Hong Kong national security police raid pro-democracy news outlet

Hong Kong’s national security police have raided the offices of a leading pro-democracy news outlet and arrested six people, including senior journalists, extending a crackdown on media and opposition activists in the city.

More than 200 officers descended on Wednesday morning on the offices of Stand News, an independent news site known for its critical coverage of government policies. Current and former senior executives were arrested for alleged “conspiracy to publish seditious publication” under British colonial-era laws, according to police.

The individuals included Chung Pui-kuen, the outlet’s former top editor who resigned last month, and acting editor Patrick Lam, according to a person familiar with the matter and local media.

Denise Ho, a well-known Hong Kong singer and opposition activist, and Margaret Ng, a former lawmaker, both former members of the news site’s board, were also arrested.

The raid came six months after Apple Daily, the pro-democracy newspaper, was forced to close when authorities froze its assets and arrested a number of senior journalists. Jimmy Lai, the company’s founder who is in prison in relation to separate allegations, and six former senior employees of Apple Daily were also charged with seditious publication on Tuesday.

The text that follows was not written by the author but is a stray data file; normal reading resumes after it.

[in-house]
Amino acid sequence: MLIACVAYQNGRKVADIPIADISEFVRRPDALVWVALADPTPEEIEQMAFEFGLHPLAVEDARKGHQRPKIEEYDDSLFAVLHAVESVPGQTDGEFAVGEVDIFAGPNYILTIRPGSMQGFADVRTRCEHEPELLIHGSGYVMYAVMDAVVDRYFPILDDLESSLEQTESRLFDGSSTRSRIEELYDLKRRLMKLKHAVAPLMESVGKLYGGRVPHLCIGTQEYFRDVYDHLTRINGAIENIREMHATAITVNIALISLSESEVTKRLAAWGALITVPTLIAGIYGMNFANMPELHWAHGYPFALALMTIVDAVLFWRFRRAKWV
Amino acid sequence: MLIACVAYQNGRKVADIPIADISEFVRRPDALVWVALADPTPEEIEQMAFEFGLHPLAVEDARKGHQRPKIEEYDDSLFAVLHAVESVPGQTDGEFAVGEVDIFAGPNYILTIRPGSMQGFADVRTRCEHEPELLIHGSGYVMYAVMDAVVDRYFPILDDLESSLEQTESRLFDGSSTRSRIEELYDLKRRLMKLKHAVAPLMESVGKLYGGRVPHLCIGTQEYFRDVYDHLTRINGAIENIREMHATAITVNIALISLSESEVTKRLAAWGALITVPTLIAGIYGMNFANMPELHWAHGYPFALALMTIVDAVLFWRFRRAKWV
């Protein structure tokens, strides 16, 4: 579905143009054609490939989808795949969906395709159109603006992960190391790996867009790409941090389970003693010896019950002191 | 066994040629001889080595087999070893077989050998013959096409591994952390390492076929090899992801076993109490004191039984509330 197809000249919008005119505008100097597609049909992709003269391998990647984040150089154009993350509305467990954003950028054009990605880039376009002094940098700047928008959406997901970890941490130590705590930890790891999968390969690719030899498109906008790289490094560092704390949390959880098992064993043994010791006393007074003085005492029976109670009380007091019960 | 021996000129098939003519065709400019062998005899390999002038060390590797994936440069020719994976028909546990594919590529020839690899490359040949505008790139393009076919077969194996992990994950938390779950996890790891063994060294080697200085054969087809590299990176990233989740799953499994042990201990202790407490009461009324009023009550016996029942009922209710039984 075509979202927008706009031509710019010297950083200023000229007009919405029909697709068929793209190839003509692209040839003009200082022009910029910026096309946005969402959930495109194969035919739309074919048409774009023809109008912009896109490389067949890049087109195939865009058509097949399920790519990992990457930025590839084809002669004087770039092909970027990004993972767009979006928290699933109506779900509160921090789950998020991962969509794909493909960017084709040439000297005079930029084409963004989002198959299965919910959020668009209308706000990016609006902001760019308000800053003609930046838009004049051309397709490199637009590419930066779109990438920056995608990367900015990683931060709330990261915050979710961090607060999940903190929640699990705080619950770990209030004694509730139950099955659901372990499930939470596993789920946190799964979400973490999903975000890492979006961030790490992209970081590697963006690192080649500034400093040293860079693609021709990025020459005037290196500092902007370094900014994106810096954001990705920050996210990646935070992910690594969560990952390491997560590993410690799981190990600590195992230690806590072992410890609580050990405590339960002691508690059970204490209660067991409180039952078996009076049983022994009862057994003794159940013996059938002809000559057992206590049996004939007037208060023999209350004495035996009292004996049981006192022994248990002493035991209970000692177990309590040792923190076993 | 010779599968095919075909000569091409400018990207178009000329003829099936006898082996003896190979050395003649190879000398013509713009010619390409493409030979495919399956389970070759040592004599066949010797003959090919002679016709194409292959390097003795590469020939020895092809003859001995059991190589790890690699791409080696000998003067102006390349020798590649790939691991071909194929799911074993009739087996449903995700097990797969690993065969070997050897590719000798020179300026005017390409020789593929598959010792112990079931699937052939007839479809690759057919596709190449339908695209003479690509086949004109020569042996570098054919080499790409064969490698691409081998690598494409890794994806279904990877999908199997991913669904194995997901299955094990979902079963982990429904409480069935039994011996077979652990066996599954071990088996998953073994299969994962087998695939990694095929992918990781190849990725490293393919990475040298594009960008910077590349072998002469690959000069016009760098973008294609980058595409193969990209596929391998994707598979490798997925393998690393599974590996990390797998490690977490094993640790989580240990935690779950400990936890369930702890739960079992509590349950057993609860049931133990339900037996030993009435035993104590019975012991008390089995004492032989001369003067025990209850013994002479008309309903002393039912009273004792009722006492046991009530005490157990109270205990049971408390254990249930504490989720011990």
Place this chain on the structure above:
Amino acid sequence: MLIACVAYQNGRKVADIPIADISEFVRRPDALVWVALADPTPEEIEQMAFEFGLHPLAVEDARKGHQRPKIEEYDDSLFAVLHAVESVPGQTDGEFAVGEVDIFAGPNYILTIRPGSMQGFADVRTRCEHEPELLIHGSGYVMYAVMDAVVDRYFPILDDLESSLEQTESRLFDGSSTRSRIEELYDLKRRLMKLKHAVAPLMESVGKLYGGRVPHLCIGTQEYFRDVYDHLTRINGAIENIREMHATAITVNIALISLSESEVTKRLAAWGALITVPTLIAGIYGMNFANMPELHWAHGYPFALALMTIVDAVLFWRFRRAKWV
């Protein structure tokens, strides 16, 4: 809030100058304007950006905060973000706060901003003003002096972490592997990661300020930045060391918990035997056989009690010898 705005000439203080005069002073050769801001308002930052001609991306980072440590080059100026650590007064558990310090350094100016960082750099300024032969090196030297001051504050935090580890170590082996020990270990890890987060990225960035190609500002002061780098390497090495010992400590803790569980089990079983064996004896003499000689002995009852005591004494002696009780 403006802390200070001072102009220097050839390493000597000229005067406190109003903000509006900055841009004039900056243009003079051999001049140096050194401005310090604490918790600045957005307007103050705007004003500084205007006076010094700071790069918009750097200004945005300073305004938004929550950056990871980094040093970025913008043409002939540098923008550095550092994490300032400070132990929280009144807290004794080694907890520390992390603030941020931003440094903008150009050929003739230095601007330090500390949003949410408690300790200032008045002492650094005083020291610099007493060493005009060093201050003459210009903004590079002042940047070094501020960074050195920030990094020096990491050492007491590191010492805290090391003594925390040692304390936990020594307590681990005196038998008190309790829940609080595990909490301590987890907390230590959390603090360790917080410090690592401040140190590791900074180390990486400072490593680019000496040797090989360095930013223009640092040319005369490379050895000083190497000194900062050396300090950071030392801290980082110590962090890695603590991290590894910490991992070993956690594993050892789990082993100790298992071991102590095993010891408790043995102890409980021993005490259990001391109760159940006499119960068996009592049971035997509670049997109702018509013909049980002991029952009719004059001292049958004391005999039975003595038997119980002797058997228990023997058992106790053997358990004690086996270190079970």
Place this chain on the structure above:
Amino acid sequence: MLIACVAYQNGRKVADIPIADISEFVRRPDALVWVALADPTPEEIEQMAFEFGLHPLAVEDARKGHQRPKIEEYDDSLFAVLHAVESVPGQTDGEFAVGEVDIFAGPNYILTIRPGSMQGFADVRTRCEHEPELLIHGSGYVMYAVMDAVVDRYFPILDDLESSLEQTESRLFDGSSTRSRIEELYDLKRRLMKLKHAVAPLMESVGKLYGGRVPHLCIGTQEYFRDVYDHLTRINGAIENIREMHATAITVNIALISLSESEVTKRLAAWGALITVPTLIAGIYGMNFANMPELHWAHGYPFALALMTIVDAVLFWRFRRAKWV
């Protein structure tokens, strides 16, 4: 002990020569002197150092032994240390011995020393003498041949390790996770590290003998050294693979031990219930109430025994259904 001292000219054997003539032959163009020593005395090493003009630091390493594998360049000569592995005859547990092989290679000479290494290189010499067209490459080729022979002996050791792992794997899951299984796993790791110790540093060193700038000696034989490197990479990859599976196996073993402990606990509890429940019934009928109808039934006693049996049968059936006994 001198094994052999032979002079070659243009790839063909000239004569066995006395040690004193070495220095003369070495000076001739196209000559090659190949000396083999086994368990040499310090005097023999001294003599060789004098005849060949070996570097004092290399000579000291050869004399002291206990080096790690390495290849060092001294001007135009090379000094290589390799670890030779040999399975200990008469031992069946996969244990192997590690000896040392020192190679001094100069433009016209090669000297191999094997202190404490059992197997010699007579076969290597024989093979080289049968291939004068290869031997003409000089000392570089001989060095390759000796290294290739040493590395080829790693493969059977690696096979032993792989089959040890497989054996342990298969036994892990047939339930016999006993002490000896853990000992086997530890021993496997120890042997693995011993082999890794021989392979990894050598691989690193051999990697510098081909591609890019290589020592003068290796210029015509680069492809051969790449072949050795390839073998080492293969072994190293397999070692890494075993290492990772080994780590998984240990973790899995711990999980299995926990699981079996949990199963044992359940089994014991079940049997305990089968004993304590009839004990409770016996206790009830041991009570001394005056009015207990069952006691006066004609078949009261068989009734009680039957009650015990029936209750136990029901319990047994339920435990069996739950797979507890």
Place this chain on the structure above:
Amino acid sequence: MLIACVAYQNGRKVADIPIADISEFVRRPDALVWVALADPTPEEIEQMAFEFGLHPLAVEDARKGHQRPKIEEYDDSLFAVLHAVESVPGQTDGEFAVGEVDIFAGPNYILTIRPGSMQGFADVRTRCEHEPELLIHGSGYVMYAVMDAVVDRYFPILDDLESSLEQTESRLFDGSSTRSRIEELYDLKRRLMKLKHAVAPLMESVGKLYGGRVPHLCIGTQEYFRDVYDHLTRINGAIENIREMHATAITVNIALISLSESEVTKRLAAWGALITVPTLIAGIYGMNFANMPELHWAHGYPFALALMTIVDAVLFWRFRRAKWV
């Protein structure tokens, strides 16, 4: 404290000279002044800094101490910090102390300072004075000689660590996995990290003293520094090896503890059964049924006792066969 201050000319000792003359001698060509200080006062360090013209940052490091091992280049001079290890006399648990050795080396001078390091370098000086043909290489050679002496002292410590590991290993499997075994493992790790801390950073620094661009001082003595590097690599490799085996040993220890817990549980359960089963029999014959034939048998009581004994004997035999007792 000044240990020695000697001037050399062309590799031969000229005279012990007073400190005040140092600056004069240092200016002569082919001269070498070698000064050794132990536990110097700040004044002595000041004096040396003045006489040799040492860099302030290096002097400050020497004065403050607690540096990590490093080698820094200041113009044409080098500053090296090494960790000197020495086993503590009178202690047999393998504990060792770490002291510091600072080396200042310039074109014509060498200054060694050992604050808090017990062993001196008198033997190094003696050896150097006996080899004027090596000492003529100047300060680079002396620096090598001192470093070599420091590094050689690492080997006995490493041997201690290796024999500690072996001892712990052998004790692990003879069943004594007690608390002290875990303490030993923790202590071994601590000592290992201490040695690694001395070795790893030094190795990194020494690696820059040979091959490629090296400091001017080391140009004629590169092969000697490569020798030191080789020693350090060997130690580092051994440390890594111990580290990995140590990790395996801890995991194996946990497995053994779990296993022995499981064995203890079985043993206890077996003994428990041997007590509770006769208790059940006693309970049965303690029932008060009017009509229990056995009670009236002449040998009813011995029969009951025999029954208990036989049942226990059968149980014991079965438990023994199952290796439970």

Dozens of opposition activists have fled the city or been arrested after Beijing imposed a sweeping national security law that came into effect last year in response to pro-democracy protests the engulfed the city in 2019.

A number of high-profile journalists have been arrested over the past two years, and foreign reporters have been denied visas to work in the territory.

Critics said the latest moves threatened press freedom in the city, despite pledges by Beijing to protect the media and free speech for 50 years following Hong Kong’s handover from British to Chinese sovereignty in 1997.

“The arrests, happening just before the new year, have sent a strong signal,” said Grace Leung, a lecturer at the Chinese University of Hong Kong who specialises in media regulation and policies.

“It further [extends the] chilling effect . . . with many [journalists] already feeling unease,” she added. “Other media outlets may still be continuing to do their jobs, but no one knows when they will be targeted next and there seems to be no way to prevent that from happening.”

According to a police statement, officers used a search warrant under the national security law that allowed them to search and seize journalistic materials during the raid.

Ronson Chan, a senior editor at Stand News and chair of the Hong Kong Journalists Association, was taken by police from his home, according to the news site. The report did not say whether he had been arrested.

Chris Tang, the city’s security secretary, publicly criticised Stand News this month, saying its coverage of the government was “biased, misleading and demonising”.

Stand News was nominated this year for a press freedom award given by Reporters Without Borders (RSF), the media rights group announced last month.

RSF warned in its latest report that Hong Kong was in “free fall” under the national security law, while officials have been considering proposals for a “fake news” law that many worry will further curb tolerance of critical reporting.

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